New York Legislative Update
October 23, 2007Religious Freedom and Restoration Act Press Release NYSThe following is a press release issued yesterday by the Institute for Humanist Studies regarding the proposed “Religious Freedom Restoration Act” in New York State.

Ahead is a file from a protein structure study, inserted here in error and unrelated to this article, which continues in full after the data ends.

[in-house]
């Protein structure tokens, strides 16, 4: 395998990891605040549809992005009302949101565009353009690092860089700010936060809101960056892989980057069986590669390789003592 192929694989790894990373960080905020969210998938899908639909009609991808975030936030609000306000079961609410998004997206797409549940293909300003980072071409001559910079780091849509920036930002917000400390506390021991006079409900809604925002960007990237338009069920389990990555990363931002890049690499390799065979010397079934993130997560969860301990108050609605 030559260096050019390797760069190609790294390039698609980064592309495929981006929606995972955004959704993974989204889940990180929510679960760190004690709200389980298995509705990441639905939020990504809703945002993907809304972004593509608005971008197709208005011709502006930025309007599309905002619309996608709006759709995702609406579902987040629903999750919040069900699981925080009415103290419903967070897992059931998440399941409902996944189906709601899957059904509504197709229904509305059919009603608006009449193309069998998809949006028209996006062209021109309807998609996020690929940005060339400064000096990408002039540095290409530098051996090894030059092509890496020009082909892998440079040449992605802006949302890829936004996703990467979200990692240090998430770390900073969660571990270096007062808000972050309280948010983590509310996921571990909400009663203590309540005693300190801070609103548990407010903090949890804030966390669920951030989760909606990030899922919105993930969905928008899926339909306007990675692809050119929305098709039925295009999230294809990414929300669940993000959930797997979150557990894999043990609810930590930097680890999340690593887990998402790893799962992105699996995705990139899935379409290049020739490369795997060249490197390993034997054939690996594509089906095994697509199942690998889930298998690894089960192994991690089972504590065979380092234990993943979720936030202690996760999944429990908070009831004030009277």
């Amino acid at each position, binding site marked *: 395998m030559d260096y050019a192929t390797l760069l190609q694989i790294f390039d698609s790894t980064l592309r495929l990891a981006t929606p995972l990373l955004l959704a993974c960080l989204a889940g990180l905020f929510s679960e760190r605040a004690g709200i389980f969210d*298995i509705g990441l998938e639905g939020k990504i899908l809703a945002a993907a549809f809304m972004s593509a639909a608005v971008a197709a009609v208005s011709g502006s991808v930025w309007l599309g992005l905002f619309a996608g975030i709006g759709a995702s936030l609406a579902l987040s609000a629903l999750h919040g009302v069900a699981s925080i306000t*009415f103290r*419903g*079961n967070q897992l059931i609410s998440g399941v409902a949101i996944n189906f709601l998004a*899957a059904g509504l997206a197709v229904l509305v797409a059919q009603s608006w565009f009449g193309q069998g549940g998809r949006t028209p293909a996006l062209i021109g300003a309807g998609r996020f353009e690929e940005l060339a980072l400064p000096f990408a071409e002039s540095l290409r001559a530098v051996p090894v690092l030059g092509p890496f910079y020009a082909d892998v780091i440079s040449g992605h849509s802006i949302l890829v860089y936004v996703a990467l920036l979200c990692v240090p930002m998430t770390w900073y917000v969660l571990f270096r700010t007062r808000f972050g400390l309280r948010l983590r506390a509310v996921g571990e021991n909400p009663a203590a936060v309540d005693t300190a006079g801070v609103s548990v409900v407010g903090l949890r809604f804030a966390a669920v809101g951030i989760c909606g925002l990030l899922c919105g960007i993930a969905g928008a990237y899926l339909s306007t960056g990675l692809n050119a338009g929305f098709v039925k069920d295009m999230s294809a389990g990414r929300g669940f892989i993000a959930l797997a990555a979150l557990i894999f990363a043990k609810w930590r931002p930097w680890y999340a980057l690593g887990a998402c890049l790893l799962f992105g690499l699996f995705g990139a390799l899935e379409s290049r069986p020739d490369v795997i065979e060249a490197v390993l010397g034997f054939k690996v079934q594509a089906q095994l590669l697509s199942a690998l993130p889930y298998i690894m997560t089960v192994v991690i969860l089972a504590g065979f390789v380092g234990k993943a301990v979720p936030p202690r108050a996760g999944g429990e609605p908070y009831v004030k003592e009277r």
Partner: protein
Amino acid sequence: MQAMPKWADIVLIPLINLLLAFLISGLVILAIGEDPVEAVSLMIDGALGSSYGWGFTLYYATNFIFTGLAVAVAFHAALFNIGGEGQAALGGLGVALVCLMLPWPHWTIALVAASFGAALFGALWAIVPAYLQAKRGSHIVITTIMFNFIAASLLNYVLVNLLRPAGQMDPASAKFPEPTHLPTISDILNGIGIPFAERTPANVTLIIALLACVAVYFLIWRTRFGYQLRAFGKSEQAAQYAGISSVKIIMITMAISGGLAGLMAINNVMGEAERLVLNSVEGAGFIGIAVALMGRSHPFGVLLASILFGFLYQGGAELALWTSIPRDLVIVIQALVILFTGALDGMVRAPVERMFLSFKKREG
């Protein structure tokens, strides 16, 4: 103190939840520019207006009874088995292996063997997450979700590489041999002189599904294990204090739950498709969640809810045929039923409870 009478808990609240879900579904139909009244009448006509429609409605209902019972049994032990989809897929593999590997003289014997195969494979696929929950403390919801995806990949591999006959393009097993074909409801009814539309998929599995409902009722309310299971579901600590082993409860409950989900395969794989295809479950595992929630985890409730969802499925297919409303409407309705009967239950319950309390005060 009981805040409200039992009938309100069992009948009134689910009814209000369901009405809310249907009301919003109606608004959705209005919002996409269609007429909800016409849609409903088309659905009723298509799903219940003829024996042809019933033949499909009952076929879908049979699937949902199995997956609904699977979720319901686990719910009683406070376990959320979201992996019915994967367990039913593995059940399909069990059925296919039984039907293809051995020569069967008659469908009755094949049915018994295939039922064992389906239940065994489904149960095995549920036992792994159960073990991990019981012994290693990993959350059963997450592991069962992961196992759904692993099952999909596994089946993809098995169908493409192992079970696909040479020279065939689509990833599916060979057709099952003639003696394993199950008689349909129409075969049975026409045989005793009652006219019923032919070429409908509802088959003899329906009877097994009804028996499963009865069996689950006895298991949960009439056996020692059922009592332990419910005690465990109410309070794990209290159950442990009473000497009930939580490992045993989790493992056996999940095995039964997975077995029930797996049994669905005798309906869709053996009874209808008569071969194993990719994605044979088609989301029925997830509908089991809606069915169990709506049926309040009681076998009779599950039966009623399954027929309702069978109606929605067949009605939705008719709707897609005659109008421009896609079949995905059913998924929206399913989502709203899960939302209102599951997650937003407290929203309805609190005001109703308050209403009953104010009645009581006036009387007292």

Oct. 22, 2007For Release: Immediately Upon ReceiptContact: Duncan Crary, 518-432-7820Info@HumanistStudies.orgNYS Religion Bill Discriminates, Flying Fast Under the RadarALBANY — A humanist think tank is opposing New York state legislation that would grant special privileges to religion and excludes the nonreligious. The Albany-based Institute for Humanist Studies says the so-called Religious Freedom Restoration Act (RFRA) could put many of New York’s secular laws into jeopardy.”Gov. Spitzer, Assembly Speaker Sheldon Silver and Senate Majority Leader Joseph Bruno are pushing for legislation that discriminates against the 1.9 million nonreligious New Yorkers,” said Jennifer Lange, legislative liaison of the Institute for Humanist Studies. “This proposed legislation is flying fast and under the radar. New Yorkers need to know just how dangerous this bill could be if passed into law.”At the request of Gov. Eliot Spitzer, Assembly Speaker Sheldon Silver submitted the proposed legislation (A9098) on June 12. The bill is co-sponsored by Assemblyman Joseph R. Lentol (D-Brooklyn) and Assemblyman Dov Hikind (D-Brooklyn).On Sept. 12, the New York RFRA (S6464) was introduced, off session, by Senate Majority Leader Joseph Bruno’s Rules Committee with no co-sponsors.RFRA claims to protect religious freedoms by allowing people to practice their faith without undue government interference. In practice, it not only pits the religious against the nonreligious, but religion against religion, Lange said.”By creating a two-tier standard of law, which gives special rights to religion, RFRA may embolden people to start using religion as an excuse to break laws that were made to protect society,” said Lange. “This is a Religious Excuse Act.”Constitutional scholar Marci Hamilton, Yeshiva University professor and author of “God vs. the Gavel,” has argued that RFRA places the following neutral laws under extremely demanding scrutiny: abortion regulations; child neglect, abuse and support laws; statutory rape and minimum age marriage laws; laws against domestic violence; zoning and building codes; antidiscrimination laws; fair housing laws; open space laws; and laws regarding religion in public schools.RFRA was passed in Congress in 1993. Portions of RFRA were struck down by the U.S. Supreme Court in “Boerne v. Flores,” 1997. In that ruling U.S. Supreme Court Justice Stevens stated that RFRA violated the First Amendment to U.S. Constitution because it is a “law respecting an establishment of religion.”Since that ruling, almost a dozen states have passed their own RFRA. New York may be next.”At the very least RFRA is unnecessary because it is redundant on both the federal level and state level. Our right to religious freedom is already protected in the Bill of Rights and the New York State Constitution,” Lange said. “The real motivation behind this bill may be to ensure that certain organized religions gain access to goods, resources and services that are not available to the average citizen.”The Senate and Assembly return for special session this week. To read the text of A9098/S6464 and find out how you can act now to stop this legislation, visit:http://humaniststudies.org/policy/ny.html?id=17###